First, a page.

Indigenous people impacted by bushfires

Megan Neil
Indigenous Australians were impacted greatly by the Black Summer bushfires, a royal commission heard

Almost 100,000 Indigenous people have been directly impacted by the Black Summer bushfires, says an expert who argues they have been ignored and often relegated to an historical footnote in previous fire inquiries.

The royal commission into the unprecedented 2019-20 bushfires has been told there is a growing recognition of the value of cultural burning and land management practices used by Indigenous Australians.

Australian National University researchers say the commission and governments should acknowledge that Aboriginal people have been erased and marginalised in previous bushfire disaster responses and inquiries.

"The reality is that this is an area that has been ignored and overlooked by consecutive post-disaster commissions and inquiries," Bhiamie Eckford-Williamson told the Royal Commission into National Natural Disaster Arrangements on Thursday.

"They are often relegated to a historical footnote in the natural history of a landscape or spoken about through the specific and restrictive lens of cultural heritage management."

Research conducted by Mr Williamson and his colleagues focused on the bushfires that impacted NSW, Victoria, the ACT and the Jervis Bay Territory, where he said 96,000 Indigenous people were directly affected.

That represented 29 per cent of the combined Indigenous population of each state and territory, or 12 per cent of Australia's entire Indigenous population.

Mr Williamson said Indigenous people in the four jurisdictions were twice as likely to be impacted as non-Indigenous people.

It deeply affected their unique attachment to country, he said, noting Aboriginal people were inherently and forever tied to particular lands and waters.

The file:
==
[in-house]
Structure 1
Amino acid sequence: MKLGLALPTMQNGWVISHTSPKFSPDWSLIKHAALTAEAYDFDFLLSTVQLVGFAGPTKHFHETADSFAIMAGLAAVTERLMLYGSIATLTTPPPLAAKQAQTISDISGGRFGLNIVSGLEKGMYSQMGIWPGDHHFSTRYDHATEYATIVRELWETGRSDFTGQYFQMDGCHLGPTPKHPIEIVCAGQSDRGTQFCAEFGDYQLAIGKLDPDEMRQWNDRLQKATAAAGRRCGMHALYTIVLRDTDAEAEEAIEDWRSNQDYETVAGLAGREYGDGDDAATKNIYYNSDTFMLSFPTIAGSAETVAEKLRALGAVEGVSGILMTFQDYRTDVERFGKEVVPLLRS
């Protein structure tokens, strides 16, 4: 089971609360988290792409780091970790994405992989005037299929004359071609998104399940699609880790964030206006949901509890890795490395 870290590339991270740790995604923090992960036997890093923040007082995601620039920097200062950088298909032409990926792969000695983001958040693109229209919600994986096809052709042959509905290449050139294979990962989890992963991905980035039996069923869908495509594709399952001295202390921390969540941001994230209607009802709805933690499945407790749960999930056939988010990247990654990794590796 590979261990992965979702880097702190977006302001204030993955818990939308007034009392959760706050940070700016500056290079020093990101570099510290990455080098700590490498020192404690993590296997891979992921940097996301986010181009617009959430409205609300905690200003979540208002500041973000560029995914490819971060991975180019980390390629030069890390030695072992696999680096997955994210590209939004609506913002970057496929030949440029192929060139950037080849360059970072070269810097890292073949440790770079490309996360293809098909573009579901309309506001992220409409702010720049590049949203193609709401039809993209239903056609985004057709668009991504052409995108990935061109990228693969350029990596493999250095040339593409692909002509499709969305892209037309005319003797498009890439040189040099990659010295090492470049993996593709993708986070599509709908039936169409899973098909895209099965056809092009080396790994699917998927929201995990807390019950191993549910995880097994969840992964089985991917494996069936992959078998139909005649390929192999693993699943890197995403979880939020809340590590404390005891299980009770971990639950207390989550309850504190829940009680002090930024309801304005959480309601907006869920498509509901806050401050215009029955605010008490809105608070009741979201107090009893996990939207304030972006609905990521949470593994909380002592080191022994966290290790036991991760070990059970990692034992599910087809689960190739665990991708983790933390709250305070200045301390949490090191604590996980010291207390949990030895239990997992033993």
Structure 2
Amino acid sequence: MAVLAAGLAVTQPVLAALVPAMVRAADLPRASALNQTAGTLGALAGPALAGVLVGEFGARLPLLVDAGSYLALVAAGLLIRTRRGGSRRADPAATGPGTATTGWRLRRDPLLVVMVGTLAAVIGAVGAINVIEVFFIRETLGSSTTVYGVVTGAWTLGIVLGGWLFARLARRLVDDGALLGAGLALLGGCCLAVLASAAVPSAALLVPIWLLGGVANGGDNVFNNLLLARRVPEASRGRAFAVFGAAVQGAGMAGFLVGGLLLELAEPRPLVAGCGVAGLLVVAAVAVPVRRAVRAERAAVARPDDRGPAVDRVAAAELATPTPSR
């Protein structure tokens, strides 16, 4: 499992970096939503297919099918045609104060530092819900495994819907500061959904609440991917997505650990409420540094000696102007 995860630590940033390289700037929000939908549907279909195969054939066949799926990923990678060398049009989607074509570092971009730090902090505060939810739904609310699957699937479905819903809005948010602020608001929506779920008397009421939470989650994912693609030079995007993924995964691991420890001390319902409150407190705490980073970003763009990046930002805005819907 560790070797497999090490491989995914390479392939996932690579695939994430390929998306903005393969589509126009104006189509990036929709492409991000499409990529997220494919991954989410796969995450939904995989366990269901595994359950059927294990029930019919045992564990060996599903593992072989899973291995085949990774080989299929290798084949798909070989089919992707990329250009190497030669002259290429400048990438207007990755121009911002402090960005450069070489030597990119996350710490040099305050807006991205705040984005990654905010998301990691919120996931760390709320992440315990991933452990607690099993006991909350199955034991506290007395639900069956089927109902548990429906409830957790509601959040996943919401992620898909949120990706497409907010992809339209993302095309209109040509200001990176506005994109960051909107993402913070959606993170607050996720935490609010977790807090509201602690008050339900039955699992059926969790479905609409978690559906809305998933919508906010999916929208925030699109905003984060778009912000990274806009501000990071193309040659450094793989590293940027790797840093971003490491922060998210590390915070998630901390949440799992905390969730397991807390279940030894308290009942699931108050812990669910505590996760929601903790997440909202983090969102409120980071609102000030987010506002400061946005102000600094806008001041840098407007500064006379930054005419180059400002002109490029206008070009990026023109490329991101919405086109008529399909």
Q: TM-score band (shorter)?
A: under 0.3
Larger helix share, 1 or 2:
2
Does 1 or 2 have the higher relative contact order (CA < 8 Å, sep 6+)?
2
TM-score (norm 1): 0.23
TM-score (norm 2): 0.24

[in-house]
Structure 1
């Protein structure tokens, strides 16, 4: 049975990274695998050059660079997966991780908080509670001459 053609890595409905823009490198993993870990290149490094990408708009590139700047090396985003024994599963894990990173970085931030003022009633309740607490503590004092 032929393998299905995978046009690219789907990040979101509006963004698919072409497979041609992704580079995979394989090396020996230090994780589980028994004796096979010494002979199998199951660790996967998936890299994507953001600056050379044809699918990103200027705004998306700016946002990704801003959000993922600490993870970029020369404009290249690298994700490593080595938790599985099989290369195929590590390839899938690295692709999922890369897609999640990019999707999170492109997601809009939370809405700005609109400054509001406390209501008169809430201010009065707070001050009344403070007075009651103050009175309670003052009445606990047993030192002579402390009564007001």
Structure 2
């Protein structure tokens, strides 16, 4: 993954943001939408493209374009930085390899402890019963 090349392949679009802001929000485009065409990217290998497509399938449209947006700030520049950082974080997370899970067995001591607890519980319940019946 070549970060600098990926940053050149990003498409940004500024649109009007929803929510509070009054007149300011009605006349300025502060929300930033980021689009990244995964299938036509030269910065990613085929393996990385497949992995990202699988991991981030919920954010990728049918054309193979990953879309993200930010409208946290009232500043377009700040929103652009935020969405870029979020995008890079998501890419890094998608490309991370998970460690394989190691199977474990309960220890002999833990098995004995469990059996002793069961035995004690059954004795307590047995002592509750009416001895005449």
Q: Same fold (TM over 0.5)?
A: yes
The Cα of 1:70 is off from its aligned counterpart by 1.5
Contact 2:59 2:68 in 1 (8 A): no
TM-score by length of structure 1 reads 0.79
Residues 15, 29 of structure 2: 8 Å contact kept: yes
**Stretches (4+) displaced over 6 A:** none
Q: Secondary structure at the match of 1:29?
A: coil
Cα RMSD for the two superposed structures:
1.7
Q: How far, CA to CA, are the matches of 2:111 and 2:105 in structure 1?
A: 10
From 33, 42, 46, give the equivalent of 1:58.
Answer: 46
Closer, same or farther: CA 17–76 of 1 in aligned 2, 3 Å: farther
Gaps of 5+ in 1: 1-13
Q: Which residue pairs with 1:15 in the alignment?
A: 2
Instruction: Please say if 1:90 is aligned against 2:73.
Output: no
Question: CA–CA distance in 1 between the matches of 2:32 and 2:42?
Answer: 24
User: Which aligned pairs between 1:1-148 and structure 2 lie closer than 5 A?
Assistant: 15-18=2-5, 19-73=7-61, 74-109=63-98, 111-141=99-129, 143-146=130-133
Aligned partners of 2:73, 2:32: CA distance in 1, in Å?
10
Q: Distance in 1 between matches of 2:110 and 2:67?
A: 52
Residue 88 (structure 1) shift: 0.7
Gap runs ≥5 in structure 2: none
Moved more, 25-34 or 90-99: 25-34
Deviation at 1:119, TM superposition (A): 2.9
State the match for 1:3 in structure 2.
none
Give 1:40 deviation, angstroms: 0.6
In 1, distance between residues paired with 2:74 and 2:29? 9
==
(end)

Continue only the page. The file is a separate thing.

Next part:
"The impact of disasters such as the bushfires disrupt the attachment to lands and waters and deeply impacts the existence of Aboriginal peoples," Mr Williamson said.

"The destruction of landscape features, whether that be plant species, native animals or cultural heritage sites such as scar trees, rock art or stone arrangements, threatens Aboriginal groups as distinct cultural beings attached to the land."

Mr Williamson said cultural land management and the tool of cultural burning must be controlled by Aboriginal people.

It was not an add-on to the practices of non-Indigenous land management agencies, he said.

Academics and Indigenous land and fire practitioners argued there needs to be increased recognition of cultural land management, which were combining traditional practices with modern technology.

"Coming together now we're using obviously helicopters, leaf blowers, drip torches, all this new technology, but it's all founded on the principles of traditional knowledge," Kimberley Land Council deputy CEO Tyronne Garstone said.

"There really has to be an acknowledgement of this traditional knowledge and how that's brought to the forefront."

Deakin University researcher Timothy Neale said there are multiple ecological, social and economic benefits from cultural land management, and fuel load management was only one.

"Many land and fire agencies currently lack policies around cultural burning or partnership with Aboriginal groups," Dr Neale said.

The majority of cultural burning occurs in northern Australia, with 70 per cent of projects occurring in the Northern Territory, Queensland and Western Australia.